This is going to be an extremely personal blog. The one I’m terrified to share, but I need to. It’s healing to share and to get this out in the open.
Almost seven years ago my husband deployed to Iraq. It was June 6th, or 7th I believe, of 2007. That was the last time I ever saw him again. The picture, shown above, is the last time that man ever held our son. That was quite literally seconds before he disappeared on one of the many white buses that took him away to battle. I thought I would only have to survive a year without him, but seven years later I’m here, and he’s not. No- he wasn’t killed in action, and no he wasn’t injured physically. But he was taken. The very man that my husband was disappeared that day and who he was upon homecoming was a complete mystery to me.
It’s taken many years to see the toll that war has taken on my husband, but the further away we get from it the more evident the scars and wounds become. The brilliant man that never forgot a thing all of the sudden can’t remember to brush his teeth in the morning. It’s become second nature to remind him on his way out the door. Almost everytime I ask, he rushes to the bathroom. This is the very same man that, before war, brushed and flossed religiously. He was so uptight about his oral hygiene his Mom even send floss in his care packages. She sent so much floss, we used up the last one just last year. Now though, I remind him to brush his teeth.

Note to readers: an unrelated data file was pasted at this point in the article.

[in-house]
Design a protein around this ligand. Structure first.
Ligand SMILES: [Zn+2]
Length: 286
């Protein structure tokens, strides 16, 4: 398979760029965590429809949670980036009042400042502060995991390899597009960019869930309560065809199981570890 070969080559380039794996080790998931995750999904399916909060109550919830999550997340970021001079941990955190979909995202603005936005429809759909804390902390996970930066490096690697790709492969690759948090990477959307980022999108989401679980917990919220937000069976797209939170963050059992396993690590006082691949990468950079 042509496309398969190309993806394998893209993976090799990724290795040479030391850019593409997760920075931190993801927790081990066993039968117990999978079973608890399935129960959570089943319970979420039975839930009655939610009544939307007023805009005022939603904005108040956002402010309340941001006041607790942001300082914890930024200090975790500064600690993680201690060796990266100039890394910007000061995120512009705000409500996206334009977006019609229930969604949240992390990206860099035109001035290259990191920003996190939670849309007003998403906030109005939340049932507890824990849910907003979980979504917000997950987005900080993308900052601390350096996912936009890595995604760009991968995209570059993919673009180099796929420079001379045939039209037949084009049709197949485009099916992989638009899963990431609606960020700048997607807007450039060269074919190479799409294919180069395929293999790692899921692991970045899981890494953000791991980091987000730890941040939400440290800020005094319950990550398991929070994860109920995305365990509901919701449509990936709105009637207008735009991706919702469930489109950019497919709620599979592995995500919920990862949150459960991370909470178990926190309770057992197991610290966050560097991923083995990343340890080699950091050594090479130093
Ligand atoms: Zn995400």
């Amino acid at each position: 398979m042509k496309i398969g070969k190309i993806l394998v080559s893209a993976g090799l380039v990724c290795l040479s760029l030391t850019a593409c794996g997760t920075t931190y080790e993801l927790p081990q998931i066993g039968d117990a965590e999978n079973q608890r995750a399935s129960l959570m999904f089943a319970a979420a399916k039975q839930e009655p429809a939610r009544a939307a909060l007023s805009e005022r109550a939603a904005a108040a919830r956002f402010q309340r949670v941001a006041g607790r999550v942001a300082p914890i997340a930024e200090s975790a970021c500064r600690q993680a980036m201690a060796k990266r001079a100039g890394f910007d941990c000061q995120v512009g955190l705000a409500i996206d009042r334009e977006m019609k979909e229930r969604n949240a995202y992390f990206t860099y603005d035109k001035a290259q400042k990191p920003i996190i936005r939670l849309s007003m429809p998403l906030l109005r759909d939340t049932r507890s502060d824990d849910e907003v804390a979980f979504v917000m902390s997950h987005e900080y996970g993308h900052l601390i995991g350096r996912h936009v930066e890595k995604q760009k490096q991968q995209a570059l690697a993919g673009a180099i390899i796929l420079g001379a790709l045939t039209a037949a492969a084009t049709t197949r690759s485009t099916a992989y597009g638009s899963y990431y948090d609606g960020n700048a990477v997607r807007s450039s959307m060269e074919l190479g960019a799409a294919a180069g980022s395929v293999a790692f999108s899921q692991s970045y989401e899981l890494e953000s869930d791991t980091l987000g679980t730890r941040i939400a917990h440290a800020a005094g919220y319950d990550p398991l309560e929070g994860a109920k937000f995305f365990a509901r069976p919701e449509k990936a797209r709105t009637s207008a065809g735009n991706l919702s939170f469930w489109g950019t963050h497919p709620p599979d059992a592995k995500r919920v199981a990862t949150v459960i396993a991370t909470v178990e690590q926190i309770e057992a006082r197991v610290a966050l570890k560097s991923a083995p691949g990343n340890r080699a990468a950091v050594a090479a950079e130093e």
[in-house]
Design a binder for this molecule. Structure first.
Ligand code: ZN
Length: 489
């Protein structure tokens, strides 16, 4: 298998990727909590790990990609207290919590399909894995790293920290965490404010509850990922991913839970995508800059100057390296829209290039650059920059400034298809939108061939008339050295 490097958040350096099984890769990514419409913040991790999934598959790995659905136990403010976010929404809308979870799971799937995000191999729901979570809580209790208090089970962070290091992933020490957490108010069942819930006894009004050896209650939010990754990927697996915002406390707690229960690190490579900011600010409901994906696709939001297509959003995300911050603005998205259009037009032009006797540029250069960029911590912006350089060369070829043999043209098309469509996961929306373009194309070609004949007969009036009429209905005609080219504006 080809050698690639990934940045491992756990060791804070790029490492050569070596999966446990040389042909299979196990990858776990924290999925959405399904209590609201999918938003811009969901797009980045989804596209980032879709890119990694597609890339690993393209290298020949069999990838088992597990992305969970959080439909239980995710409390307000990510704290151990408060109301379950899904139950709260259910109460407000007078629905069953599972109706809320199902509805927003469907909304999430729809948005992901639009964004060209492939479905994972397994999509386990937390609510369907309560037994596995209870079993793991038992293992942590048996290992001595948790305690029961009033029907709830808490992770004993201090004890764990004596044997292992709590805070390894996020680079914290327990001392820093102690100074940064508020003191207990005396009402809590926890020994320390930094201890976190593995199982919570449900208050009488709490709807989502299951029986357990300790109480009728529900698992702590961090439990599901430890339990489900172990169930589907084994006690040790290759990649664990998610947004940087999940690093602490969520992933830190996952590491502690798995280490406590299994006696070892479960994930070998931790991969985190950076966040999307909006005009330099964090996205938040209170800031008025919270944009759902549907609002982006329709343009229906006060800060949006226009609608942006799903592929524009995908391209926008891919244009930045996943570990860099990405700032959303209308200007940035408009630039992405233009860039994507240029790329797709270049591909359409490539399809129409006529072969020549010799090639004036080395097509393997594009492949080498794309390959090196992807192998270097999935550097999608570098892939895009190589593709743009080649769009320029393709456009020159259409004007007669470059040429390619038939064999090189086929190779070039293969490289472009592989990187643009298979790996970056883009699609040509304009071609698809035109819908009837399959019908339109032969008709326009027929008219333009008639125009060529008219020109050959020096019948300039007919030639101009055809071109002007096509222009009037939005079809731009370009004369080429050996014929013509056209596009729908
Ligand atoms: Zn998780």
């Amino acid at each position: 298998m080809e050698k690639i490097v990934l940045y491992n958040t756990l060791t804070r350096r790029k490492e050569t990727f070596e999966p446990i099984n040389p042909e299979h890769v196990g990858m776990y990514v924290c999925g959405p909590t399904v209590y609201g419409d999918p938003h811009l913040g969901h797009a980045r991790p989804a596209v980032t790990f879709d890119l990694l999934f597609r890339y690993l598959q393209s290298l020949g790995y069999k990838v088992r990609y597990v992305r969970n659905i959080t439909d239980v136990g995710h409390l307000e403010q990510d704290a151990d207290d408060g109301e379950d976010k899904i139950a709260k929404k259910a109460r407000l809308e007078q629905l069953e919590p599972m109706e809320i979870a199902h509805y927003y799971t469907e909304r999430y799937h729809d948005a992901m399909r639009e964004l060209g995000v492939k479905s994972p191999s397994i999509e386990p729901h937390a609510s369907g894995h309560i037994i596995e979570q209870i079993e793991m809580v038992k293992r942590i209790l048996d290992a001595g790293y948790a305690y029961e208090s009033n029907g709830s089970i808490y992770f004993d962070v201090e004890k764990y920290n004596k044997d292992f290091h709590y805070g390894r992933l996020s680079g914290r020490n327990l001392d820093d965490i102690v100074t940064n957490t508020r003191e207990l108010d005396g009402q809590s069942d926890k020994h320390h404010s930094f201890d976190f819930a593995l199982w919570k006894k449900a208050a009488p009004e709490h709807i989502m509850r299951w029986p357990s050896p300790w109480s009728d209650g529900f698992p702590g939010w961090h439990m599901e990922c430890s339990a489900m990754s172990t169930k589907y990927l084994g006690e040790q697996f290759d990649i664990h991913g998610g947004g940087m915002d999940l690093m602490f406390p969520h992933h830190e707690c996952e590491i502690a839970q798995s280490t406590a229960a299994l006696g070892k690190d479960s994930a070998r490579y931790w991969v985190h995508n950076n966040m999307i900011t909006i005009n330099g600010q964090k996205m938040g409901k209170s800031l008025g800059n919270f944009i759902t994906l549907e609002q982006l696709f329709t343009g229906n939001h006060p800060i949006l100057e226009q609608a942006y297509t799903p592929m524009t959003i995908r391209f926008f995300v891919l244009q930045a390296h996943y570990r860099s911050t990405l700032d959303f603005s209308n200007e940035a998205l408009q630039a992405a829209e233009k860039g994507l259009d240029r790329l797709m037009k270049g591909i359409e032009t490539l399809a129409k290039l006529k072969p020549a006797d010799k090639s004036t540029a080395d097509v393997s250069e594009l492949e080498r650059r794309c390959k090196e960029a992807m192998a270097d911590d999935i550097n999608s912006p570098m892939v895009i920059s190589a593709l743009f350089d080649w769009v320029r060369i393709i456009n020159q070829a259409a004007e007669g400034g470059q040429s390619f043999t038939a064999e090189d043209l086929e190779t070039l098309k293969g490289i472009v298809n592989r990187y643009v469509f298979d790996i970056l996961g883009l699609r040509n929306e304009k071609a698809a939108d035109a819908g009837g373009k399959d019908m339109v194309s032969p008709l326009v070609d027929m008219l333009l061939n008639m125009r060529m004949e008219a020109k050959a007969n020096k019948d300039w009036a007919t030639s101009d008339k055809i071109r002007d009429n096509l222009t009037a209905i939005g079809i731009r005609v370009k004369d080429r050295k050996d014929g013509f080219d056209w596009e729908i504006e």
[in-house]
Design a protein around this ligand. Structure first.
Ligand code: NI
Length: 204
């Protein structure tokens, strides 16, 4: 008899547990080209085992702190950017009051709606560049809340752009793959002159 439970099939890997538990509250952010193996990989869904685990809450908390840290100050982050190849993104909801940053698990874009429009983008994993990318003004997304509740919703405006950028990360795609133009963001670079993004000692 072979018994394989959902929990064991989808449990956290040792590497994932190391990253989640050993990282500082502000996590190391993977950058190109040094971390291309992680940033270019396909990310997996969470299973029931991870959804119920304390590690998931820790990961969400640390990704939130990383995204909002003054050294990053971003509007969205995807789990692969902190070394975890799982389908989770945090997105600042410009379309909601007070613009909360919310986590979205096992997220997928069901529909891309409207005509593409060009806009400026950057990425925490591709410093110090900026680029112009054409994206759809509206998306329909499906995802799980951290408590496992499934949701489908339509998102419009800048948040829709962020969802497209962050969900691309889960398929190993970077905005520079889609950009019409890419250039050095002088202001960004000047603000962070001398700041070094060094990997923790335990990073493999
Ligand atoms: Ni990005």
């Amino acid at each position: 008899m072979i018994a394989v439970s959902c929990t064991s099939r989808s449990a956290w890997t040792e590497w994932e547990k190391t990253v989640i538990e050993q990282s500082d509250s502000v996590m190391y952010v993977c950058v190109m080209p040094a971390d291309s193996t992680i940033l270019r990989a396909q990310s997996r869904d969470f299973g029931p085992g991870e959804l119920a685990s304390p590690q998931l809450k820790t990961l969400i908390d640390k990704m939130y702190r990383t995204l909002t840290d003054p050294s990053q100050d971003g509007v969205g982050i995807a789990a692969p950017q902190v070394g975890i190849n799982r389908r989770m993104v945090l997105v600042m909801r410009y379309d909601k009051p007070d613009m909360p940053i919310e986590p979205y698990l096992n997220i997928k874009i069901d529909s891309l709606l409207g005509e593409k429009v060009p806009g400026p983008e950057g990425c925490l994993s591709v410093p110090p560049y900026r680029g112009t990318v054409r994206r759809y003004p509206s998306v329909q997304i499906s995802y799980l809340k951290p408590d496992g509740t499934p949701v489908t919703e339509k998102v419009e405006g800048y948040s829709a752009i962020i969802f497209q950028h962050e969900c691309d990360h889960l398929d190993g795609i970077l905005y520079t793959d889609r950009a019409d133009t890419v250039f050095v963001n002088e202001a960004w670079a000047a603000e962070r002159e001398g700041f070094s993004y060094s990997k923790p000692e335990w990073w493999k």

The man that was awake and cheerful at 4:30 am now rolls out of bed just to sit on the chair for an hour- and usually he falls asleep holding his coffee, and it spills all over the carpet. There is a permanent stain from all the reoccurring spills.
The emotional, not afraid to cry husband is now someone that just blinks over and over again when faced with emotion. No tears, no words, just blinking. Sometimes I wait for over an hour to get a response out of him, but usually, there is no response.
The Dad I expected my kids to have, he died a long time ago. Don’t get me wrong, he’s a wonderful father and loves his children but the Dad he was before war was different. I find I grieve the loss of those traits more then any other. I miss the man that taught Sunday School and had all the kids at church looking up to him. I miss the silly side of him that made any child giggle. I miss the passion he had for Jesus. I’m sure it’s in him somewhere, but I miss seeing it.